Community engaged research and citizen science: Advancing environmental public health to meet the needs of our communities
December 8-9 at NC Biotech Center (Thursday afternoon/Friday full day)
Community engaged research has evolved and matured into well-accepted approaches for environmental health sciences. The National Institutes of Health, the Centers for Disease Control and Prevention, and the U.S. Environmental Protection Agency continue to support grant programs that promote and advance community engagement in the full spectrum of research because of the recognized benefits to both the health of community residents and to our scientific understanding. In the last two years, there has been an increased national focus on citizen science and how it may be used to further scientific discovery. While the national conversation has primarily focused on natural and environmental sciences, there is the opportunity for a more robust discussion on citizen science in the context of environmental health research and environmental public health.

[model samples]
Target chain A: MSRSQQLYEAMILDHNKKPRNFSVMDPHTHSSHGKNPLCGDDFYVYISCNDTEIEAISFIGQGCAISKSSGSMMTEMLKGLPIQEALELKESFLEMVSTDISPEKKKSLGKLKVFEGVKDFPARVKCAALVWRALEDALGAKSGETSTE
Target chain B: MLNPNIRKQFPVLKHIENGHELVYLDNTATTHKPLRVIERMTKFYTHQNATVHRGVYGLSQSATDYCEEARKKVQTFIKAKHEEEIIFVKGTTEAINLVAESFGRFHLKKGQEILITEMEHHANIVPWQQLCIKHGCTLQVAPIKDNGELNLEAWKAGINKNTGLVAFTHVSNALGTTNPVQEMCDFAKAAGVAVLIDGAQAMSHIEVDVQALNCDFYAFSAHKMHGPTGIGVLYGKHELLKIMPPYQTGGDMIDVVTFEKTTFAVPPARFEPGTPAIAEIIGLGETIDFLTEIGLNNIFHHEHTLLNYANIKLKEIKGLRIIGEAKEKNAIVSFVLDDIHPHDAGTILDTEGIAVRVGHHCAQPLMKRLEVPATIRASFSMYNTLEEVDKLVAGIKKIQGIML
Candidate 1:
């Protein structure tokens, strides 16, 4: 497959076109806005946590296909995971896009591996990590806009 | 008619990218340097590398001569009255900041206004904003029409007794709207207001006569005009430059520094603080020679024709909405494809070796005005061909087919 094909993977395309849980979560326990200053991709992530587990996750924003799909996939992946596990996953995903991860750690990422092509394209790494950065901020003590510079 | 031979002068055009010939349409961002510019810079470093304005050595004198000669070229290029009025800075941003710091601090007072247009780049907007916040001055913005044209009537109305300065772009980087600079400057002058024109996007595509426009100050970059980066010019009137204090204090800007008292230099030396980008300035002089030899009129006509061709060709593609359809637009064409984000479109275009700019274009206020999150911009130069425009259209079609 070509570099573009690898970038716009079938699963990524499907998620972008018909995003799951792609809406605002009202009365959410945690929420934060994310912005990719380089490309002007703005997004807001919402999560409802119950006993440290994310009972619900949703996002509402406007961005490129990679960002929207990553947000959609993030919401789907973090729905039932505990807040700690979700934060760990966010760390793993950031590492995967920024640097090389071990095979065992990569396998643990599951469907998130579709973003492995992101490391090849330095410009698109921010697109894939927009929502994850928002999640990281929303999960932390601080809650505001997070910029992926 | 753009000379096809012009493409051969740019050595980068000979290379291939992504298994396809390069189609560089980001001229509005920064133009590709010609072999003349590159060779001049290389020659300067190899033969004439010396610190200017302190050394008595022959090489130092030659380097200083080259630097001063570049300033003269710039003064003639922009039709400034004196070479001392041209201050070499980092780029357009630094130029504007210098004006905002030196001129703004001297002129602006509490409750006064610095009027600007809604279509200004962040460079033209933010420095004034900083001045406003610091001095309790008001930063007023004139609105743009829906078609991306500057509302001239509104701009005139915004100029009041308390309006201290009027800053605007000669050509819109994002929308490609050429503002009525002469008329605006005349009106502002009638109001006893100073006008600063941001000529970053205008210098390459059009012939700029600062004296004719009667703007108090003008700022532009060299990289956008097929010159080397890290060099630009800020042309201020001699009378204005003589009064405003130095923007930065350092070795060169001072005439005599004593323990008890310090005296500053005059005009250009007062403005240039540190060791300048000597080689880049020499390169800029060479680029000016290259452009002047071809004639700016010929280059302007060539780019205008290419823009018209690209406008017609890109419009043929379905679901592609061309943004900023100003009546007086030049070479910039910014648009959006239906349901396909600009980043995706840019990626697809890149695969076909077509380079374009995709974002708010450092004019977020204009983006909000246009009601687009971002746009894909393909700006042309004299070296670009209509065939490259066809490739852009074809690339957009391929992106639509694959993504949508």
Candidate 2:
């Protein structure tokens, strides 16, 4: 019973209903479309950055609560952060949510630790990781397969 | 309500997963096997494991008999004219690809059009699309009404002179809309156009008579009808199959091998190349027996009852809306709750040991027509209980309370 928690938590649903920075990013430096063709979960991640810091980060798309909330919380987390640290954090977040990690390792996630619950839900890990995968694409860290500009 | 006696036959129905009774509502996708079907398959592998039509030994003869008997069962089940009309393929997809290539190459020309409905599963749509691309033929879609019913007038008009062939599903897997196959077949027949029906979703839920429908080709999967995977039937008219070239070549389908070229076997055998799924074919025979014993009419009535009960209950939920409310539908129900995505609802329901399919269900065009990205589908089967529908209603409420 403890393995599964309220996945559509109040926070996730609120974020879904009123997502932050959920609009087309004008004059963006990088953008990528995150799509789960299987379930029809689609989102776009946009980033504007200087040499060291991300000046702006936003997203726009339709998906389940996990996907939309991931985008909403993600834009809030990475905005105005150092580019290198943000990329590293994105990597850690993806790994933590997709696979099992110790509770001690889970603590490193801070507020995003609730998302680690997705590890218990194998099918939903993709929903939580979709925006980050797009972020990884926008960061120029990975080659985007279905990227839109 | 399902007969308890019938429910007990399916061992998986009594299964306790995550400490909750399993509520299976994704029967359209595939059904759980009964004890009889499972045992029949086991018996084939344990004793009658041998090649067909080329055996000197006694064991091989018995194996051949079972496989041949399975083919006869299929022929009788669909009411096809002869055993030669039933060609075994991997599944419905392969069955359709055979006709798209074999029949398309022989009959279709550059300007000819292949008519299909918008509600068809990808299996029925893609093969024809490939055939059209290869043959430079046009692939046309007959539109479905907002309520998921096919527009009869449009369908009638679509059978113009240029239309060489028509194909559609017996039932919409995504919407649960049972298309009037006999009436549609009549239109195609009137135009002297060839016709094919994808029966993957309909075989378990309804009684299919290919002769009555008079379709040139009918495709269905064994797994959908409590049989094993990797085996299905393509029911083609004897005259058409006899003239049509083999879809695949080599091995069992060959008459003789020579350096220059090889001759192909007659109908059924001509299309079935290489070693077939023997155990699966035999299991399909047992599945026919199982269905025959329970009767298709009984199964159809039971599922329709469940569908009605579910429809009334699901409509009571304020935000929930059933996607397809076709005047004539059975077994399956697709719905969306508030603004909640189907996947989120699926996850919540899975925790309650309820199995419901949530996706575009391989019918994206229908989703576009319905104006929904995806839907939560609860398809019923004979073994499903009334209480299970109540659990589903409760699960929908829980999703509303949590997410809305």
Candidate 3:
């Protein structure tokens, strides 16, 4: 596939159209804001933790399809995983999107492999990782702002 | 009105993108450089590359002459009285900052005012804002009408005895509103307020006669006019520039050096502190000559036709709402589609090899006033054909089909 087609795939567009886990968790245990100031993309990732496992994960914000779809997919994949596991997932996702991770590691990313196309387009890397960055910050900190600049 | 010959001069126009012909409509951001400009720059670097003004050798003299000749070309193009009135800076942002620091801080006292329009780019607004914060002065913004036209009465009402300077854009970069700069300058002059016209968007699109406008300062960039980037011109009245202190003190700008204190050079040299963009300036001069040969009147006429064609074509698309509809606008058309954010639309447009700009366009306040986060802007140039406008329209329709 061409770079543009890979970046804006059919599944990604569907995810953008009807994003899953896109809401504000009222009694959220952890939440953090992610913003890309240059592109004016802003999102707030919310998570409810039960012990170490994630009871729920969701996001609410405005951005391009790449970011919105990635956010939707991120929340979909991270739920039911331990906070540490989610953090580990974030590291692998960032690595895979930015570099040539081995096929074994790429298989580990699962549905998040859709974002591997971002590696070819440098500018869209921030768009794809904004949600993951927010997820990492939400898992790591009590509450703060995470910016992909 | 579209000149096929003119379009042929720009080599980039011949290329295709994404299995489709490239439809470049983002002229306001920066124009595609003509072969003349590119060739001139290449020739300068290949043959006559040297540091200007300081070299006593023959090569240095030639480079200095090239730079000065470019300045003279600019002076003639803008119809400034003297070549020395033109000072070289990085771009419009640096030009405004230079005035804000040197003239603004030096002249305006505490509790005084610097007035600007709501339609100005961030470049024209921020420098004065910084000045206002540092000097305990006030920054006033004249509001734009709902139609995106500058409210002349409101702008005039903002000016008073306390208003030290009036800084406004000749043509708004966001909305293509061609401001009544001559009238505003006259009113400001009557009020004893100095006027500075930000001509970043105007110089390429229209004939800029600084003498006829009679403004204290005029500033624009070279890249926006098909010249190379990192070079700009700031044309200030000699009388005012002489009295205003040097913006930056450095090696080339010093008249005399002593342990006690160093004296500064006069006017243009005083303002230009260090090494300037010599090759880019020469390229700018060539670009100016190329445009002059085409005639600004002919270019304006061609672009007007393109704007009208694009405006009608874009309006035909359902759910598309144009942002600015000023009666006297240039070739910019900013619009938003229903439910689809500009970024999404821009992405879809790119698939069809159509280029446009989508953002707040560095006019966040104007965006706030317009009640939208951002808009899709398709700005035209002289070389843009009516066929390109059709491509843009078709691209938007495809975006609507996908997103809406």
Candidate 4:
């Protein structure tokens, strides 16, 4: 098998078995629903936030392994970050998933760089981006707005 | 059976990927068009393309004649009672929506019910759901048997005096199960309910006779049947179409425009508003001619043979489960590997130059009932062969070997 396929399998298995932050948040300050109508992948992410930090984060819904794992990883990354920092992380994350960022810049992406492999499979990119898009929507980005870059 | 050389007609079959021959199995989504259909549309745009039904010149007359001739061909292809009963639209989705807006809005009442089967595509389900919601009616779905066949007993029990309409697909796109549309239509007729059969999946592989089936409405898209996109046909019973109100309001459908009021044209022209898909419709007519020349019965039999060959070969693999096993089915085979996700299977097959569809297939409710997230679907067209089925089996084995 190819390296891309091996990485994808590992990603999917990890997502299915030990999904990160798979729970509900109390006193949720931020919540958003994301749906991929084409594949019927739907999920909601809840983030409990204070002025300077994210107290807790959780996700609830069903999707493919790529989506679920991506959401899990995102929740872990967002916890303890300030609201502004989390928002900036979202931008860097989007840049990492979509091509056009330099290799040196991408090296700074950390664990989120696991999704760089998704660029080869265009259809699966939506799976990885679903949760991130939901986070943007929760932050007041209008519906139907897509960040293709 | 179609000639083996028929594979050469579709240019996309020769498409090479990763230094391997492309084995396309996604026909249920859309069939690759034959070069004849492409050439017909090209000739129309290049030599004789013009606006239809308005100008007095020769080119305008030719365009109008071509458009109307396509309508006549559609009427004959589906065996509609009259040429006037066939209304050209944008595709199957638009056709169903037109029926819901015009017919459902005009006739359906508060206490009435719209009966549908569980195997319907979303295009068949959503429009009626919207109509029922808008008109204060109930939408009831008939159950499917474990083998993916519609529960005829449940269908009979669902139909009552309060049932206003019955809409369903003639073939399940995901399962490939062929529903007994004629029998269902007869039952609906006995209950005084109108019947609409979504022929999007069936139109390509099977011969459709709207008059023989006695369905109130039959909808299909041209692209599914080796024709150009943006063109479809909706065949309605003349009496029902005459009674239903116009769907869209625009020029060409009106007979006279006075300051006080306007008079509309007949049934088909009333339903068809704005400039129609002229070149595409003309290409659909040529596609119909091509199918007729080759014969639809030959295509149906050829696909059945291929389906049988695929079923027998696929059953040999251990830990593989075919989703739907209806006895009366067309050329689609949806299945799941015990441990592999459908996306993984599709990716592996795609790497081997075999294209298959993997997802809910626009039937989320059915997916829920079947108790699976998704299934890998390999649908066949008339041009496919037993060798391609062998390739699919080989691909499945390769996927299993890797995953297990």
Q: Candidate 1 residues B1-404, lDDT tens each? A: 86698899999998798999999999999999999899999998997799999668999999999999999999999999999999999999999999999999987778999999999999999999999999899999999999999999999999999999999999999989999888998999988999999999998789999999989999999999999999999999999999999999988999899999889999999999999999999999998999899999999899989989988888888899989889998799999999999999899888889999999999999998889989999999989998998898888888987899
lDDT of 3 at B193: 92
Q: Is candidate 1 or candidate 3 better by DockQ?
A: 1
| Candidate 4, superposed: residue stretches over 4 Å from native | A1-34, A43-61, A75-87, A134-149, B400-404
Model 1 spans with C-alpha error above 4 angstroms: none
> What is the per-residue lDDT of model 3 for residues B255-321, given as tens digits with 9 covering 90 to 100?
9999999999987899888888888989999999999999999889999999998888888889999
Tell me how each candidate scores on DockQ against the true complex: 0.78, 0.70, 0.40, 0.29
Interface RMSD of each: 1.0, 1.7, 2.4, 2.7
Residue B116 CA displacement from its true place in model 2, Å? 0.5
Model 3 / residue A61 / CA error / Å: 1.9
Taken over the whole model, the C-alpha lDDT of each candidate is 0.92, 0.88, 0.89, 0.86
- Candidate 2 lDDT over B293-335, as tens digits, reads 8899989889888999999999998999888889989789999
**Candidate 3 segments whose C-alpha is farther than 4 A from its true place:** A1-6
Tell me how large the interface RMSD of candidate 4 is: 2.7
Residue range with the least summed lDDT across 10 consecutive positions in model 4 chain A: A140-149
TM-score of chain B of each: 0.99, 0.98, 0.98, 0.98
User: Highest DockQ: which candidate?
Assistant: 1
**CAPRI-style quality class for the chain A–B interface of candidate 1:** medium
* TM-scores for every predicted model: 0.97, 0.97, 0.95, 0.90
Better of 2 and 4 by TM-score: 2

In response to the NAS Report on Exposure Science 21, the Research Triangle Environmental Health Collaborative convened a workshop, “Exposure Science in the 21st Century: Role of Citizen and Communities,” in November 2014. While the meeting touched upon many of the lessons learned from past community-engaged research programs and projects, it did not fully consider the important continuum of community engagement, including citizen science, in environmental public health. In the context of environmental health sciences, environmental justice, health disparities and disasters, community residents want to understand what they are exposed to, if the exposures pose a risk, and what can be done personally – as well as by society – to reduce, mitigate, or prevent continued exposure.
The purpose of this workshop will be to advance the conversation from 2014. Specifically it will acknowledge the successful projects and approaches, reflect upon past recommendations, identify new opportunities, and consider the application of citizen science in the context of environmental health disparities and additional dimensions. We want this report to increase awareness of the different community engaged research and citizen science approaches used in EHS research, inform ongoing discussions among federal partners about citizen science, and outline next steps to meet the needs of our communities.